Payers, healthcare systems, and life sciences industries are increasingly turning to health services and technology (HST) providers to assist them to uncover inefficient expenditure and increasing income. HST firms, having serviced customers across a broad range of industries for decades, have developed best-of-breed thinking for a variety of solutions, but they are far from alone in competing for employment.
The market for health digital solutions, which includes logistics, payment solutions, and software platforms, is predicted to develop at a compound annual growth rate of more than 10%. The Healthcare industry might follow the lead and invest more in advanced digital technologies and analytics skills, as well as collaborate with payers and providers to outsource their healthcare software development requirements.
Changing value pools create new opportunities for both HST vendors and rivals. On the basis of prior consolidation waves, it is probable that the payer, healthcare systems, and life sciences sectors will continue to consolidate via payment and delivery innovations, as well as rapid horizontal and vertical mergers, acquisitions, and collaborations.
To thrive and flourish in this new environment as digital transformation initiatives, all HST suppliers may pursue merging ecosystems, expanding their solutions and capabilities into new markets and customer segments. Wherever and however an HST firm decides to grow, building all of the digital and analytics skills will increase the likelihood of success.
Increased data and analytics usage by HST firms might benefit payers and providers by assisting them in reducing wasteful expenditure, promoting faster response to market changes like new regulation, increasing profit margins, and perhaps improving the patient experience.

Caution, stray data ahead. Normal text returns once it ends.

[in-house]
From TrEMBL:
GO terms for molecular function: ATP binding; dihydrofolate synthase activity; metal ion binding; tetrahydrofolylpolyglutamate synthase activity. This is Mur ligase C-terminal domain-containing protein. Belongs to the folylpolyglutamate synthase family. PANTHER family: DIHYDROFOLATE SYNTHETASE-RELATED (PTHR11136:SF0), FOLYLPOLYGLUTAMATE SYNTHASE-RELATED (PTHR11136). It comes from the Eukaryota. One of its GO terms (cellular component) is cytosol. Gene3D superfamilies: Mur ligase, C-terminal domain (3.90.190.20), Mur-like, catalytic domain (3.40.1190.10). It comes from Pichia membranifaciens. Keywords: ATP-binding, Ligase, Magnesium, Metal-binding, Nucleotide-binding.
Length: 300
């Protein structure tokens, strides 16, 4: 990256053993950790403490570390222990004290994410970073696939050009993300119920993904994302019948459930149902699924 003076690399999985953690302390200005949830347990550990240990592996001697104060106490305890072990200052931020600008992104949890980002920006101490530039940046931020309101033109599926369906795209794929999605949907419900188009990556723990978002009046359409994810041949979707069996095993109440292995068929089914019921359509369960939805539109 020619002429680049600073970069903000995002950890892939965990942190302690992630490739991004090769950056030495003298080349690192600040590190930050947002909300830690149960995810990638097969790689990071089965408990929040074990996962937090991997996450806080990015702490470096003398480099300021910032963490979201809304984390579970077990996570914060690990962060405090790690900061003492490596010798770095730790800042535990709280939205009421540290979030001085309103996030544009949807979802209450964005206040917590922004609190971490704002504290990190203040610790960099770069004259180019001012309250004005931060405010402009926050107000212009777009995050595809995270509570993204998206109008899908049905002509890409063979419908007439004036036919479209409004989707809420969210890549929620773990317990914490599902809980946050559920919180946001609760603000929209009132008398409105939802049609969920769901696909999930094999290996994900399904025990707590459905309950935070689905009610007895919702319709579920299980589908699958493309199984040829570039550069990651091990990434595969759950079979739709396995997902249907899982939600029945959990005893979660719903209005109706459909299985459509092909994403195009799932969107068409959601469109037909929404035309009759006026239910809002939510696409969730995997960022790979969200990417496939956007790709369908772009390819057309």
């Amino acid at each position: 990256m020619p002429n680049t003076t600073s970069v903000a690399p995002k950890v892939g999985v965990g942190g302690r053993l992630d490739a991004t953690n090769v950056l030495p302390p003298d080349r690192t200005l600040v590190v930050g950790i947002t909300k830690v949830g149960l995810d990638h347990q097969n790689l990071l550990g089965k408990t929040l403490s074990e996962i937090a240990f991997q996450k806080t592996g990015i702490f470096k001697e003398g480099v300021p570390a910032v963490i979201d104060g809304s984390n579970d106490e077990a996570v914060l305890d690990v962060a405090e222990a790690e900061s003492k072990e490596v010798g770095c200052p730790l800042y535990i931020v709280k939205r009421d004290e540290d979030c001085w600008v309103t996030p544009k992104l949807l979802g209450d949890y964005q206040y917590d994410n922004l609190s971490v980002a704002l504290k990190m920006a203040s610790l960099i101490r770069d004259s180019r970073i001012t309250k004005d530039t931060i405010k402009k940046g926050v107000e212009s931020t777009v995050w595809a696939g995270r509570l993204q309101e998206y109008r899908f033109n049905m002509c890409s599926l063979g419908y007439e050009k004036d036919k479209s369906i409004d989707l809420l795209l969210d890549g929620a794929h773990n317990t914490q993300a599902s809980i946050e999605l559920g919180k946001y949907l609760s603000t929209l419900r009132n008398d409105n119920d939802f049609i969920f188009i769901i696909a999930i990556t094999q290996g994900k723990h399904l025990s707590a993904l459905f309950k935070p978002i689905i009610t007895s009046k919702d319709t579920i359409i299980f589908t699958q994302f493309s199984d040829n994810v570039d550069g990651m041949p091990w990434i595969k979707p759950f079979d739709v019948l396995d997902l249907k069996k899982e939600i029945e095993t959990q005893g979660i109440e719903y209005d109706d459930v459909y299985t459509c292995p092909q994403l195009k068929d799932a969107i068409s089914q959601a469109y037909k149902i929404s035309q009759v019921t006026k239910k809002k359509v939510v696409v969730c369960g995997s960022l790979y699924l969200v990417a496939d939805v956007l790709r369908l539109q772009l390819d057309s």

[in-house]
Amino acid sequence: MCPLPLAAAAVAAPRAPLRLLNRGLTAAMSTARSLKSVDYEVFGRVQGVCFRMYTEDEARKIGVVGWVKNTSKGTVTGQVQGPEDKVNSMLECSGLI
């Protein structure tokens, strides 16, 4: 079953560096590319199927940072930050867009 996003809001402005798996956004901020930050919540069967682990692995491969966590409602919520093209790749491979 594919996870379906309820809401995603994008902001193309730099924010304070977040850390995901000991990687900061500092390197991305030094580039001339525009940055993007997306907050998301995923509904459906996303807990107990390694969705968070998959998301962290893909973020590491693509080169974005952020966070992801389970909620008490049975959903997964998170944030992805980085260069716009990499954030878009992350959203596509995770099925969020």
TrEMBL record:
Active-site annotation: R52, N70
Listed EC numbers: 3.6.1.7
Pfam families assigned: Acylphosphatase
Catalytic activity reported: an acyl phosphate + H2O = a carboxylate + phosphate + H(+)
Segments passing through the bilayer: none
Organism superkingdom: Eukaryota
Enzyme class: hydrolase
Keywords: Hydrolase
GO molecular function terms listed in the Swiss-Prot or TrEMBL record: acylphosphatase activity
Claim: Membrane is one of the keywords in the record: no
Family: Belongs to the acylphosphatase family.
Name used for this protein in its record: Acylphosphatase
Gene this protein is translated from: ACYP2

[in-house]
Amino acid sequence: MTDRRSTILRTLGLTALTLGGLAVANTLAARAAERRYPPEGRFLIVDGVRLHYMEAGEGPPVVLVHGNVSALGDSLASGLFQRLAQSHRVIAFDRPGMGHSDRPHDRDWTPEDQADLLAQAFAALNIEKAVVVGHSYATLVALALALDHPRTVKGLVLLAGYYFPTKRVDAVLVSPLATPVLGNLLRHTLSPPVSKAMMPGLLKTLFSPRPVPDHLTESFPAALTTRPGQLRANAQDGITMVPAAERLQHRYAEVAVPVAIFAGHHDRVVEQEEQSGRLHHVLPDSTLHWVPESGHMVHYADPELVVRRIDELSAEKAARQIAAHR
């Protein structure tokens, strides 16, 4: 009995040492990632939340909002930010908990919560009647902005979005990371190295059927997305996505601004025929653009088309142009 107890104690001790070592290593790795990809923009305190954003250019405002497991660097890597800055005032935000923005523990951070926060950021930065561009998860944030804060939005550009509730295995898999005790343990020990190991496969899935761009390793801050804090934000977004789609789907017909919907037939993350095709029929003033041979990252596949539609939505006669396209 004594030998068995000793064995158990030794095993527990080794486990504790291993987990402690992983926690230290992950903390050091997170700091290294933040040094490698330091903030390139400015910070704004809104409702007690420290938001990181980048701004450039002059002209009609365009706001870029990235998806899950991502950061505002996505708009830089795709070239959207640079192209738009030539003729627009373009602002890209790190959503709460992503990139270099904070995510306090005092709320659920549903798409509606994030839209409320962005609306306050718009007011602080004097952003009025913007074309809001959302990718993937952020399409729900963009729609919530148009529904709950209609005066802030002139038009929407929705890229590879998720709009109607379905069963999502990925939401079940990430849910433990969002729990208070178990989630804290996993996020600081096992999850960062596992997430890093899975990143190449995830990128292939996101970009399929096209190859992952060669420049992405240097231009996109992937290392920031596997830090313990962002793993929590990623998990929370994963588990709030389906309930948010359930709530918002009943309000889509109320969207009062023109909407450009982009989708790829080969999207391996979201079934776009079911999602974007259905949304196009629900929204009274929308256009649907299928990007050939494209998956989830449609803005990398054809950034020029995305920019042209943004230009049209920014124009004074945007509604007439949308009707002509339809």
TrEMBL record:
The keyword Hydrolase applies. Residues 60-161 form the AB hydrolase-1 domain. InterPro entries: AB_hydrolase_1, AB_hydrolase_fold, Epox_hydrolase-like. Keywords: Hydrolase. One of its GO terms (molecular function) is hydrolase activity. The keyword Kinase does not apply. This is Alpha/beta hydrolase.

We will examine different skill sets of technology that are helping several successful healthcare providers today, such as; access to a variety of different types of healthcare data; data aggregation for longitudinal medical records; sophisticated analytics; multidomain knowledge and expertise; and workflow integration.
Digital Health Is The New Healthy
Since 2011, over $39 billion has been invested in digital health through over 2,500 venture capital transactions, including $7.48 billion in 374 such transactions in 2019. (The real amount invested in these medical devices is almost certainly substantially larger, as it often excludes internal innovation funds committed to digital transformation by businesses.) While the majority of this investment is directed toward consumer-centric solutions, such as wearables and scheduling applications, approximately 20% is directed toward electronic health records, data analytics, and other technologies that HST vendors can provide to the industry.
According to McKinsey, revenue is predicted to expand at a rate greater than 10% yearly across all payer market areas, including population-health and medical management, claims management, payment integrity, and risk adjustment. We anticipate yearly revenue growth in the revenue-cycle management and care management categories, as well as quality analytics, in health systems. Market access, research and development support, medical affairs, and patient services are all expanding aspects of the life sciences industry.